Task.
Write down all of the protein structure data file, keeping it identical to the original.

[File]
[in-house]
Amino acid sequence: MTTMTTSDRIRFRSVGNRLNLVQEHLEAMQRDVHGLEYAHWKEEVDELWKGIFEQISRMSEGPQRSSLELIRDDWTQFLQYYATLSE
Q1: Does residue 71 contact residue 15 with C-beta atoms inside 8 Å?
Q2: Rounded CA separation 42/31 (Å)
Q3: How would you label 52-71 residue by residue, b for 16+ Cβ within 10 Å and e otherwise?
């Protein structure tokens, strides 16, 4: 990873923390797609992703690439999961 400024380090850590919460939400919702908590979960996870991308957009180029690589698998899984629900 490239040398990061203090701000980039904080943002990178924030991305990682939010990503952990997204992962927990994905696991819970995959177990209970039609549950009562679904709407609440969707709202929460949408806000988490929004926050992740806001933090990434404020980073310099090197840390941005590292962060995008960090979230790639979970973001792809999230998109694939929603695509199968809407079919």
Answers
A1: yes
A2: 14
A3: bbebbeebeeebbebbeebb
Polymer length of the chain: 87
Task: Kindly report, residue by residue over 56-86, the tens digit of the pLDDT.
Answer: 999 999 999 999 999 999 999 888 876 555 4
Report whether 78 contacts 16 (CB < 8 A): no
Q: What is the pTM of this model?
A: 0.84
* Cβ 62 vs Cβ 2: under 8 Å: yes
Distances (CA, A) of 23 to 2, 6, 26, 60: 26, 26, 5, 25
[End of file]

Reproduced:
[in-house]
Amino acid sequence: MTTMTTSDRIRFRSVGNRLNLVQEHLEAMQRDVHGLEYAHWKEEVDELWKGIFEQISRMSEGPQRSSLELIRDDWTQFLQYYATLSE
Q1: Does residue 71 contact residue 15 with C-beta atoms inside 8 Å?
Q2: Rounded CA separation 42/31 (Å)
Q3: How would you label 52-71 residue by residue, b for 16+ Cβ within 10 Å and e otherwise?
């Protein structure tokens, strides 16, 4: 990873923390797609992703690439999961 400024380090850590919460939400919702908590979960996870991308957009180029690589698998899984629900 490239040398990061203090701000980039904080943002990178924030991305990682939010990503952990997204992962927990994905696991819970995959177990209970039609549950009562679904709407609440969707709202929460949408806000988490929004926050992740806001933090990434404020980073310099090197840390941005590292962060995008960090979230790639979970973001792809999230998109694939929603695509199968809407079919």
Answers
A1: yes
A2: 14
A3: bbebbeebeeebbebbeebb
Polymer length of the chain: 87
Task: Kindly report, residue by residue over 56-86, the tens digit of the pLDDT.
Answer: 999 999 999 999 999 999 999 888 876 555 4
Report whether 78 contacts 16 (CB < 8 A): no
Q: What is the pTM of this model?
A: 0.84
* Cβ 62 vs Cβ 2: under 8 Å: yes
Distances (CA, A) of 23 to 2, 6, 26, 60: 26, 26, 5, 25